One of the greatest Zen masters, Rinzai, used to use this koan. He would say, “If you say yes, I will beat you. If you say no, I will beat you. Go and find out the answer, find out whether a dog has a Buddha nature or not. And whatever answer you come back with, I am going to beat you!” It became puzzling. But the puzzle was purposeful, because no answer is needed.
If you say yes, why do you miss your own Buddha nature? If you say no, why do you miss your own Buddha nature? If you say, “Yes, a dog has it,” you miss, because how can a dog have a Buddha nature when even Gautam Buddha had to struggle for lives and lives to attain it? If a dog already has it, then Gautam Buddha was just stupid. What was he struggling for? For lives he was struggling and struggling to find his Buddha nature, to find the ultimate soul within him, and even a dog has it…? Then Buddha falls down even lower than a dog.
If you say no — if you say, “No, a dog does not have a Buddha nature” — then again you miss, because if a dog has not got it then there is no possibility of any evolution. Then how can the dog grow to be a Buddha one day? Every Buddha has been a dog once, an animal once. Even lower than an animal — a vegetable. Even lower than a vegetable. Everyone has been through all these stages. If someone (Gautam Siddharth) becomes a Buddha and he has once been a dog, an animal, a plant, a tree, everything — if his Buddha nature comes to be realized one day, how can it happen if it was not already there? It is just a manifestation; it must have been hidden somewhere. So you cannot say no, because a dog has a Buddha nature hidden somewhere within him. Manifested, it is nowhere to be found in him; but, hidden deep down, it is there.
So both answers miss the point. And by missing the point you miss your own Buddha nature, because you are a dog. an animal — not yet a Buddha. If you say yes, then you will not endeavor to attain it, because it is futile to endeavor for something that you have already got. And if you say no, the possibility is closed. So both answers miss the point. But if you go on thinking about it, just by thinking about these two contradictory answers….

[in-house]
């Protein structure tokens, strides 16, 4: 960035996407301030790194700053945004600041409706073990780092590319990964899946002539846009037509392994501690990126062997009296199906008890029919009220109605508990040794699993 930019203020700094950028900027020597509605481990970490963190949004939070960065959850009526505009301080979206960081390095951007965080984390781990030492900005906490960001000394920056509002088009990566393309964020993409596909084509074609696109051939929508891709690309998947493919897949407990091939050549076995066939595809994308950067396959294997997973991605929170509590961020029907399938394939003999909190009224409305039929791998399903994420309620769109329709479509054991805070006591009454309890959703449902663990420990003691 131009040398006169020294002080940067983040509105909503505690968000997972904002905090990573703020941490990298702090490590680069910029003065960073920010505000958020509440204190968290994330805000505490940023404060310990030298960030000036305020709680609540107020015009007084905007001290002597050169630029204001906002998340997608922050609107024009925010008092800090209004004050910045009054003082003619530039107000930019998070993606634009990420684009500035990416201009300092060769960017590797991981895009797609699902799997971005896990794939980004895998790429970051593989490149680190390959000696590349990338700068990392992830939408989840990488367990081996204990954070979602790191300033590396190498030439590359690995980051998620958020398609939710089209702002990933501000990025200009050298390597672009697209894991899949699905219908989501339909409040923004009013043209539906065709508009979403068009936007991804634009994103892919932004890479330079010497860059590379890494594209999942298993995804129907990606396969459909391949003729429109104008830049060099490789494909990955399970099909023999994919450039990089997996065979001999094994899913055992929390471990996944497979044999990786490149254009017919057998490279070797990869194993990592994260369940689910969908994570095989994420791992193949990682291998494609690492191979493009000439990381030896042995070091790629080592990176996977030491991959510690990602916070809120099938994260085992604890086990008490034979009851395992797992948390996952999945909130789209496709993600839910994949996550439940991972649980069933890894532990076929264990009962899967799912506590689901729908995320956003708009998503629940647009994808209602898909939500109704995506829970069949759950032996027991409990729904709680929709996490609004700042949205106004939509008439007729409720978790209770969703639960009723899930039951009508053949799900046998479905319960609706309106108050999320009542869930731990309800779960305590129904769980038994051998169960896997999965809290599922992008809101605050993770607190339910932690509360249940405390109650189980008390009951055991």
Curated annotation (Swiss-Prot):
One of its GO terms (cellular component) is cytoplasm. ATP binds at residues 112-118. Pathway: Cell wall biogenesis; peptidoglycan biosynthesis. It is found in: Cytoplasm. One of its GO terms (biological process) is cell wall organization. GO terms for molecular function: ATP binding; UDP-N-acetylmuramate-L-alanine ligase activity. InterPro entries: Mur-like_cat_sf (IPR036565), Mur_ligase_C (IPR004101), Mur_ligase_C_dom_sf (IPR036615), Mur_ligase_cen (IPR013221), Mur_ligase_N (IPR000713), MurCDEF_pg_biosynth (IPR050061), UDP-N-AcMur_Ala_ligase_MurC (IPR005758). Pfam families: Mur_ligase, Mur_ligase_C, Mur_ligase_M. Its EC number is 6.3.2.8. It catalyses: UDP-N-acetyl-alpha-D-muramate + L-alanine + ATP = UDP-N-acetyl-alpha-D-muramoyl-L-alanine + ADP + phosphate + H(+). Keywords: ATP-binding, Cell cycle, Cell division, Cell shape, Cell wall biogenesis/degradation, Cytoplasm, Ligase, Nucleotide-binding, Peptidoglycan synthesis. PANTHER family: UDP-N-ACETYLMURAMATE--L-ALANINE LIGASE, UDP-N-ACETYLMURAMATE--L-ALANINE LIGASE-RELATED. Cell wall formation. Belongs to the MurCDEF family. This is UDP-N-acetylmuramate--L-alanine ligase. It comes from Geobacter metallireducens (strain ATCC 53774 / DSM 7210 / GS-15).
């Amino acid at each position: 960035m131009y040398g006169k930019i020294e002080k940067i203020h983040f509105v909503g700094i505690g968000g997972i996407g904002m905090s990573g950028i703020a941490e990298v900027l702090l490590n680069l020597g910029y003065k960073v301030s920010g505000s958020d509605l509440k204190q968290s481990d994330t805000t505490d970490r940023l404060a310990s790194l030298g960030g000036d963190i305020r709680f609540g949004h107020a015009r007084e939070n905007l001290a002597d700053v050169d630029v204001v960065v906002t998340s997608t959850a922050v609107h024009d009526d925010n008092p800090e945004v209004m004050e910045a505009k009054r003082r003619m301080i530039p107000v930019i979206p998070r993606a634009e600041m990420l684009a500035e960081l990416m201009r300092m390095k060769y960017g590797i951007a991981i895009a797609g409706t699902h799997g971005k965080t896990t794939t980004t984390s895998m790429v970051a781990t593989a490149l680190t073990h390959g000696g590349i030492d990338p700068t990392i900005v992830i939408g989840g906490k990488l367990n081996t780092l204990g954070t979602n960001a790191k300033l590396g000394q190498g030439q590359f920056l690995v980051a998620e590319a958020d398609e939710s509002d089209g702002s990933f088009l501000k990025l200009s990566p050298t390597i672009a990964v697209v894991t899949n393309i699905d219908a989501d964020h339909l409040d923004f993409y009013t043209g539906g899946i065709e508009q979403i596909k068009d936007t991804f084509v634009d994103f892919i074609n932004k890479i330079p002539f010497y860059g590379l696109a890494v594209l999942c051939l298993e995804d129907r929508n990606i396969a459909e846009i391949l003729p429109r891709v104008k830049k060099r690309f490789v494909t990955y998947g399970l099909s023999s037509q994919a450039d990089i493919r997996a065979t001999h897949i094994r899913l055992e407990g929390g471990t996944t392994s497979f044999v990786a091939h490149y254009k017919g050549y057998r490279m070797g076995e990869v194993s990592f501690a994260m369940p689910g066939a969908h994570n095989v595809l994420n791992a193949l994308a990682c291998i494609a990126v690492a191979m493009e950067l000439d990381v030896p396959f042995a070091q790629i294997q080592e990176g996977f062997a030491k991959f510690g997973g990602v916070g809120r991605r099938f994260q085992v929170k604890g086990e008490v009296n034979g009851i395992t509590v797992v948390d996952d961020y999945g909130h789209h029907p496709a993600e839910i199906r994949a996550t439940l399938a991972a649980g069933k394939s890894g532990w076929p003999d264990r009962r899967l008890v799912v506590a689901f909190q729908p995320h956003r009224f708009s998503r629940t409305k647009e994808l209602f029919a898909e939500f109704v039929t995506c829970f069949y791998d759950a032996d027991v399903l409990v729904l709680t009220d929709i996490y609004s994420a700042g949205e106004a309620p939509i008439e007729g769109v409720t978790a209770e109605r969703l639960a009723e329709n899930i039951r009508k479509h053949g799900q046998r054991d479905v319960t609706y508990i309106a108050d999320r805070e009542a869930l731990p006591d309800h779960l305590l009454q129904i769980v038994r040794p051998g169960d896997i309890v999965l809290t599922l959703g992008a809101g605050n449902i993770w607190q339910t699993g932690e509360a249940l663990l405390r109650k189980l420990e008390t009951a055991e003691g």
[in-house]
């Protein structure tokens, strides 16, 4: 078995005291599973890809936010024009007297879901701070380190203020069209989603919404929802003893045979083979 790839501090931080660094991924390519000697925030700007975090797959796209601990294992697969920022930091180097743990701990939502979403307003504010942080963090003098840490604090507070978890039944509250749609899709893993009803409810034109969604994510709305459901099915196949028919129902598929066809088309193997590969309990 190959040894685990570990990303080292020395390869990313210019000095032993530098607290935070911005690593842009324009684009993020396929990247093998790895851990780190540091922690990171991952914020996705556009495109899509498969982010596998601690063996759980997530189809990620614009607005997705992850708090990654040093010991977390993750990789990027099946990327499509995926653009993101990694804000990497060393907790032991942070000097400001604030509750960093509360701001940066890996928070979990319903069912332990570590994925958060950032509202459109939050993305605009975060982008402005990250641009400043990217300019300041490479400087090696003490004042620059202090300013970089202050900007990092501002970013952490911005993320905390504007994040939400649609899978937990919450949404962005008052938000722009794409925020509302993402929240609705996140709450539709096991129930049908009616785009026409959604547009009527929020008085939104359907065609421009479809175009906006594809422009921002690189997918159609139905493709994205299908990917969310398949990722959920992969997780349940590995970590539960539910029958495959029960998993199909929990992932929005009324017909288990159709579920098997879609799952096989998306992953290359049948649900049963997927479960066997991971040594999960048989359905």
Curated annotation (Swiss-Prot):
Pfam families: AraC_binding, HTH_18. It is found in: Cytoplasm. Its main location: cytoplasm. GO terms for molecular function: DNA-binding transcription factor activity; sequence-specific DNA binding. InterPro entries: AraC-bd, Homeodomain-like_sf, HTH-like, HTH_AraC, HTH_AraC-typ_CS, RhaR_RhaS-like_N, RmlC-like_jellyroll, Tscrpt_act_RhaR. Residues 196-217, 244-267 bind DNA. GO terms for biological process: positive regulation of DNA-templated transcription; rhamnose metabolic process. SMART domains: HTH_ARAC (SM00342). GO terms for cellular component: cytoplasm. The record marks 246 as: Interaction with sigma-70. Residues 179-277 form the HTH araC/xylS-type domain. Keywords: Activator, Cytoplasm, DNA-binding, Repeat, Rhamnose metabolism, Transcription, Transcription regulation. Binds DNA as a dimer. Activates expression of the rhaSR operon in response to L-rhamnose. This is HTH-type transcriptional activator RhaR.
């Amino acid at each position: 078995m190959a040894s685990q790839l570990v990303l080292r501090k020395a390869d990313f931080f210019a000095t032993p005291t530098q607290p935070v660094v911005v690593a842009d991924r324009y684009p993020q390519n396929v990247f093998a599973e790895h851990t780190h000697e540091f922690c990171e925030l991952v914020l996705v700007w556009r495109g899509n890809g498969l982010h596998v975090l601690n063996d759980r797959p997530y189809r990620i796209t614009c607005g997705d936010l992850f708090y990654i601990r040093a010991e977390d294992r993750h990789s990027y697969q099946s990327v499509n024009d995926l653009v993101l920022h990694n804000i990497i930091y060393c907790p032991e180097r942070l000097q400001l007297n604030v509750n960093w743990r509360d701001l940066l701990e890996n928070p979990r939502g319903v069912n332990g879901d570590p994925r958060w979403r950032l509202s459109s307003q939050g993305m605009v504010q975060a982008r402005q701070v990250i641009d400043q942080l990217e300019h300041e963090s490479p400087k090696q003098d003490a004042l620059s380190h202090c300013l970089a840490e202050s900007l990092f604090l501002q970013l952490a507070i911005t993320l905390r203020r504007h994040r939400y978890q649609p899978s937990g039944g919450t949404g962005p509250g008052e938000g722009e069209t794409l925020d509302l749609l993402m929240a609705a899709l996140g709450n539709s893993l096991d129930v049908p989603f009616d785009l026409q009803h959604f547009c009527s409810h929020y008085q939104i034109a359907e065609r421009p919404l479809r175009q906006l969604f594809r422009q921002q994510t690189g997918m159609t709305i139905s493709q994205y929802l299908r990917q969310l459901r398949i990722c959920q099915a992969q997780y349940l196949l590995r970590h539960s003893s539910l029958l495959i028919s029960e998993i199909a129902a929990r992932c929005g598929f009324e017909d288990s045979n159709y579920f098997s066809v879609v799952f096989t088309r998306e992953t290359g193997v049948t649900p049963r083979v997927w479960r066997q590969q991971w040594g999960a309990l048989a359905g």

Go on thinking about it. Stop all other thinking and concentrate your whole consciousness on this point: whether a dog has a Buddha nature or not. Go on thinking of all the possibilities, all the alternatives, all the arguments for and against. Go on thinking about it; make it a deep meditation. Then suddenly one day thinking will stop, because you cannot find any alternative through thinking. And when thinking stops, it is not going to be that you will get the answer to the koan. The koan is not meant for that. When thinking stops, you will realize your own Buddha nature.
Whenever anyone would come to one Zen master, Bokuju. he would give them this puzzle: whether a dog has a Buddha nature or not. Everyone knew about it. Even newcomers knew that he was going to give them this koan.
One newcomer came. He must have been a wise man — at least in his own eyes. He thought, “I’m not going to give Bokuju a chance to ask me this puzzle. I will ask it to him first. Let us see what will happen then.”
He came with many friends. The moment Bokuju was about to utter the words, the disciple said, “Stop! First let me ask you a question. Does a dog have a Buddha nature or not?”
And you know what Bokuju did? Even if you know, it is better that I should repeat it. He said, “Bow-wow!” — he became a dog. He didn’t answer, and yet he answered. He was saying. “I am both. A dog and a god. both. The lowest within me is a dog. and the highest within me is god.”
So don’t get entangled in the duality. Transcend both. That was the meaning of Bokuju’s joke. Laughter transcends both.
Source – Osho Book “The New Alchemy: To Turn You On”